What’s Newsweek’s turnaround strategy again? Focus on “deep reporting” and investigative stories: “create your own weather if you must”?
Well, this was actually quoted of its Editor-in-Chief Jim Impoco when the weekly news magazine planned on getting back on print after a 14-month hiatus. Incidentally, Newsweek then got into a controversy after a purported report on Bitcoin’s founder.
Oh, was this what Impoco referred to as deep reporting and “creating your own weather”? If this is the case, Newsweek could get into lawsuits unless the subject likes publicity, any kind of publicity.
Anyway, Newsweek wanted to come back with a loud roar, and their means to doing so was in trying to reveal who the founder of Bitcoin was. And as Impoco implied – all roads led to Dorian Satoshi Nakamoto, a train collector from California. He was firm on Leah McGrath Goodman’s interview and even claimed to have gotten help from MIT.
“I am no longer involved in that and I cannot discuss it. It’s been turned over to other people. They are in charge of it now. I no longer have any connection.” This was the said response of Nakamoto as claimed by Goodman.. to which Nakamoto says he was misunderstood.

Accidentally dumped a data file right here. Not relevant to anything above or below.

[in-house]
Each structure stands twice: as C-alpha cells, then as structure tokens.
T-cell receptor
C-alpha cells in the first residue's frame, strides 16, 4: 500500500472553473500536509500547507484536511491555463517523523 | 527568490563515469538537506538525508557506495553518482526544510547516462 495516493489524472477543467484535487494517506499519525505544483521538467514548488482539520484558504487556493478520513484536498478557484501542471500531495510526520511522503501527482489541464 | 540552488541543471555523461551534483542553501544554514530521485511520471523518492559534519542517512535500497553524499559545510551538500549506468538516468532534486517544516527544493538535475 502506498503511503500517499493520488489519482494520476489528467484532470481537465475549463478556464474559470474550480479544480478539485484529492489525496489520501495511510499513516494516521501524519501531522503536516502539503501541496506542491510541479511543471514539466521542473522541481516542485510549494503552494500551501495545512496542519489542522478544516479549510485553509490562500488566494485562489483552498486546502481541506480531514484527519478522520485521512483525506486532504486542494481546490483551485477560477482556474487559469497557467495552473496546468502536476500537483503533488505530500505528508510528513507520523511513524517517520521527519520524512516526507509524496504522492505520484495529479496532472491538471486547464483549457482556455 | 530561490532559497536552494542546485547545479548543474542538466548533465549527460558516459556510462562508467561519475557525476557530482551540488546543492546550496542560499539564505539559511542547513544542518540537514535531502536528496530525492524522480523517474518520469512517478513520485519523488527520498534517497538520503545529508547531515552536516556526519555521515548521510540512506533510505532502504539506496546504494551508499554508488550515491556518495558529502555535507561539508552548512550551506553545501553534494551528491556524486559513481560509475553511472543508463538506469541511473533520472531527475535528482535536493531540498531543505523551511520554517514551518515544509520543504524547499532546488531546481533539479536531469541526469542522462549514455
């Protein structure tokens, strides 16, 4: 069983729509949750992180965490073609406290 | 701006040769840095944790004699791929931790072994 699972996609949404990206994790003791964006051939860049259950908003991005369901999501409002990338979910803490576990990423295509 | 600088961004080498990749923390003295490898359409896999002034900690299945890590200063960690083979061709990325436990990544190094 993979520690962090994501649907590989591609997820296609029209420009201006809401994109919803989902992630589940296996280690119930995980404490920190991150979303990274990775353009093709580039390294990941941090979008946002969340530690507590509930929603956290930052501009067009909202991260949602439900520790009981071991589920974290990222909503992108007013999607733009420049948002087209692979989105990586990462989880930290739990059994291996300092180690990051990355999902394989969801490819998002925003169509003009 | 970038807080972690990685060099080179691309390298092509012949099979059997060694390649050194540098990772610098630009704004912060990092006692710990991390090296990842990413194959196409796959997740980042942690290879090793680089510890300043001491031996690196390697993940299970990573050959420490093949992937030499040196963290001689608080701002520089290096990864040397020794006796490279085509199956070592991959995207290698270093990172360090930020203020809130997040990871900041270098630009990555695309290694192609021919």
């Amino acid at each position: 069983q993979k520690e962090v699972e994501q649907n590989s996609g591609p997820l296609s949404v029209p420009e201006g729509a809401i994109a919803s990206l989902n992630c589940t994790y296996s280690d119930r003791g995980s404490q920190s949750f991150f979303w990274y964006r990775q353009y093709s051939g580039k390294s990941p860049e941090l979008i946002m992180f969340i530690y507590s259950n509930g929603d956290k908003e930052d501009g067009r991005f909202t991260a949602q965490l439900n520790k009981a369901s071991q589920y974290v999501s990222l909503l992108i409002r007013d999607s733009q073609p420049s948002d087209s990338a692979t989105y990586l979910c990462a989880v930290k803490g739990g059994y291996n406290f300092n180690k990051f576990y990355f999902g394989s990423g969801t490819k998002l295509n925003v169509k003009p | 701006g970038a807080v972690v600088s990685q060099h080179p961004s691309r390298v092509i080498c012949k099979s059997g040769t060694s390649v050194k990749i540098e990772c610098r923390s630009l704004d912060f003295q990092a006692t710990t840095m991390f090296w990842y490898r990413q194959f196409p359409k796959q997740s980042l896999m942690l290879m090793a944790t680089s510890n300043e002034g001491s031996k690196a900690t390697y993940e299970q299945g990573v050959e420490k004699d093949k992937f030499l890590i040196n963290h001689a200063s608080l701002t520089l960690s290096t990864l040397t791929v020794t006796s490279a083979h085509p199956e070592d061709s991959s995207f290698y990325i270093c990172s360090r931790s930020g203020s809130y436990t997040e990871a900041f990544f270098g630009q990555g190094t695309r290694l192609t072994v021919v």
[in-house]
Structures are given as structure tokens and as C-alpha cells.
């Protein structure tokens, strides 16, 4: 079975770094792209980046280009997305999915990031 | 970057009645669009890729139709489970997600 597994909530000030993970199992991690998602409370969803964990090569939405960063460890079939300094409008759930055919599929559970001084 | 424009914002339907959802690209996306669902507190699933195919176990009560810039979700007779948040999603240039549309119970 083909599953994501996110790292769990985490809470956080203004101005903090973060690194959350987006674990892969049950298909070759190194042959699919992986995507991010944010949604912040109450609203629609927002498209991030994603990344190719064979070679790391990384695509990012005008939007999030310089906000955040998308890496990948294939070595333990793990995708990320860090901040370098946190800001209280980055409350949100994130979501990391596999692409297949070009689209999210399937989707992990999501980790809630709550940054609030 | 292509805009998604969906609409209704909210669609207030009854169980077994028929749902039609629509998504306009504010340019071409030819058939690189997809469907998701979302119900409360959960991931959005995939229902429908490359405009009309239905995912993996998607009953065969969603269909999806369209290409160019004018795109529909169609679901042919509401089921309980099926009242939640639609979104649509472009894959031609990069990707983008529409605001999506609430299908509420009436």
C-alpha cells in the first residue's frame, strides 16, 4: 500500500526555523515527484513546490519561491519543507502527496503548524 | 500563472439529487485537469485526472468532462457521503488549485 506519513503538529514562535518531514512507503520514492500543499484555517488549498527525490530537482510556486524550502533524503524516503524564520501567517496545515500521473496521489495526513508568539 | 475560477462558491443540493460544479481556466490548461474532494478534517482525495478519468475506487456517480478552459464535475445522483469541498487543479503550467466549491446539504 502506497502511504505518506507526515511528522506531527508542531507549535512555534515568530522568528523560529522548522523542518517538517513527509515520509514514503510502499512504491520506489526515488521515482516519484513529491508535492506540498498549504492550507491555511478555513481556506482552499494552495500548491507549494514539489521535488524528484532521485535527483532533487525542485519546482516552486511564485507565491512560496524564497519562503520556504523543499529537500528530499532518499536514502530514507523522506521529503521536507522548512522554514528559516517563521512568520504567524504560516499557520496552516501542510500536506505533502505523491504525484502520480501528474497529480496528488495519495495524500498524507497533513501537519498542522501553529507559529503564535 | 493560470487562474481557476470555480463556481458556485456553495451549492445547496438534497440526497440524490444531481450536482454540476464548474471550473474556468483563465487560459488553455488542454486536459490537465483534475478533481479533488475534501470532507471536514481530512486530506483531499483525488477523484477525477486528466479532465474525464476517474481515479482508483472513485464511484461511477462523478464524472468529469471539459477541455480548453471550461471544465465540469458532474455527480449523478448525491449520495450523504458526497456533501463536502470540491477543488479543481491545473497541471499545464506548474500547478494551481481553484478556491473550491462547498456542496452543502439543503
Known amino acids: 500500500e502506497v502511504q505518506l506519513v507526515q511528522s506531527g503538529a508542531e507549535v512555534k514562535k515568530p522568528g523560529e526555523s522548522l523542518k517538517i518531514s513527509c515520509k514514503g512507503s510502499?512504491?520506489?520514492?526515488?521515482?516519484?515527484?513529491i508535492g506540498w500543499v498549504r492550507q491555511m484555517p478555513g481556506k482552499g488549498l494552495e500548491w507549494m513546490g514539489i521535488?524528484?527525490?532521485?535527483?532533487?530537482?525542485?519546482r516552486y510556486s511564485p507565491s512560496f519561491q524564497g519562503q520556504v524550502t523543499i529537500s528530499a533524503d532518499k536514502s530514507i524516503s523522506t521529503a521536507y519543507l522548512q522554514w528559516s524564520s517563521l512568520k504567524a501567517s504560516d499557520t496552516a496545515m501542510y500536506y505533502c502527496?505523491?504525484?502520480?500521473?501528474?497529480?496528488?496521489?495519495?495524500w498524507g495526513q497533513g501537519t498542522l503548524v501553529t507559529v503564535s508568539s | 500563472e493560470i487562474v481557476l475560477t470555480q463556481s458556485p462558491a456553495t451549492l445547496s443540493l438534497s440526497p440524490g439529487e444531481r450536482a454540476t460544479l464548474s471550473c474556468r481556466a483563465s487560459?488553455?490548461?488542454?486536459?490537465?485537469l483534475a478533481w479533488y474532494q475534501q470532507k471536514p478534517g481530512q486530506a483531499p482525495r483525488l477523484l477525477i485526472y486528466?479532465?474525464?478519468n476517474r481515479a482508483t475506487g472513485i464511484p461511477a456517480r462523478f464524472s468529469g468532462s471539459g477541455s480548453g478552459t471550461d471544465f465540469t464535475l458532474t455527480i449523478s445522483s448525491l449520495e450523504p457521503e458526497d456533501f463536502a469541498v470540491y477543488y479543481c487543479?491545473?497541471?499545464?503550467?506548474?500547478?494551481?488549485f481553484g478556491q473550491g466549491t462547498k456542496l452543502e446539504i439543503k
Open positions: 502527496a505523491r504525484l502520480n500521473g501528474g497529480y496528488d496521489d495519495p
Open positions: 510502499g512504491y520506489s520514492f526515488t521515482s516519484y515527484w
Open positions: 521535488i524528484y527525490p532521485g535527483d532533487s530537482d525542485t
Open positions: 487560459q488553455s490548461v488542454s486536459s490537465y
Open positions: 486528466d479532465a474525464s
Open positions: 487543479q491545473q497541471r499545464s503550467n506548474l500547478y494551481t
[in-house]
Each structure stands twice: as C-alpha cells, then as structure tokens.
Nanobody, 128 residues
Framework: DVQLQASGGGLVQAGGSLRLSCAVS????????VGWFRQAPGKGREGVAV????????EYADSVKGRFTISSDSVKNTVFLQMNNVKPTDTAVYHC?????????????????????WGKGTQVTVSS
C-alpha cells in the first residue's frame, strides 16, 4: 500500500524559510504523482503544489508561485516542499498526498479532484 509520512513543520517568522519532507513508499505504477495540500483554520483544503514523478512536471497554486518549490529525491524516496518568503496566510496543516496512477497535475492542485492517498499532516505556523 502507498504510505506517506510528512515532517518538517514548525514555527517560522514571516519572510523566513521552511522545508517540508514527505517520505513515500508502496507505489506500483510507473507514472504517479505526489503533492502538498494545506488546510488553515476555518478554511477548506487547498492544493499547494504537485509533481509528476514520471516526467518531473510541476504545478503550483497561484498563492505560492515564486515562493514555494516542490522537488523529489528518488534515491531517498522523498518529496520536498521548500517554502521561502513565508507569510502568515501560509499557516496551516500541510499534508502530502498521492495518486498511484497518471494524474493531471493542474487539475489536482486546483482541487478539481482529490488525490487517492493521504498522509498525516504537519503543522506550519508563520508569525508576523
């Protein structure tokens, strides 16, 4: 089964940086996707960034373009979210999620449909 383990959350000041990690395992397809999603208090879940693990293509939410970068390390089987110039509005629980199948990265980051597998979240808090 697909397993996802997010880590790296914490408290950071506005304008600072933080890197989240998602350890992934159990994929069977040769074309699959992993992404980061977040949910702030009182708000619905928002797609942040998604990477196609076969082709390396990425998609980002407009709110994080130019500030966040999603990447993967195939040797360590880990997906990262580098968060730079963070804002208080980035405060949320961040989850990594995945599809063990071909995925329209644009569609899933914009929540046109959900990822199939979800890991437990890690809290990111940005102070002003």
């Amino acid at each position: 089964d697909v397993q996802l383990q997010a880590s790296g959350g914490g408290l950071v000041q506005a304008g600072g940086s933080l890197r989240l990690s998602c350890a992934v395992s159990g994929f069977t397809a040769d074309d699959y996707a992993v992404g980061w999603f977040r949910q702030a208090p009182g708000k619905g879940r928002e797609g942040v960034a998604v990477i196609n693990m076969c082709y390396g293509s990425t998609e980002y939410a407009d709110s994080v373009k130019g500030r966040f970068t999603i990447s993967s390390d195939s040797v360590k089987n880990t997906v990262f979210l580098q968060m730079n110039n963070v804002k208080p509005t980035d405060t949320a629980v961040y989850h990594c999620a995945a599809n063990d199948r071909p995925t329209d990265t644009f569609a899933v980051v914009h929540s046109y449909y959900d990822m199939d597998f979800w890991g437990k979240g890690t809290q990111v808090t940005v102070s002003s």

You know what could confirm this? A recording.. especially if Goodman directly asked Nakamoto if he’s Bitcoin’s founder, and not simply asking who’s handling its operations or something like that. For one, operations management could be handled by a designate – where Nakamoto could be that designate and not necessarily its founder.
Nevertheless, this article is more than just sifting this Bitcoin founder report but checking in on Newsweek’s turnaround strategy. However, with Impoco’s 2-pronged attack and a doubtful story they started off with.. could Newsweek just be following the tracks of Rupert Murdoch’s News of the World?
In media, if you can not get the story ahead of everyone else then just be creative in expounding it. And in both cases, be “responsible and truthful.”
What’s your take?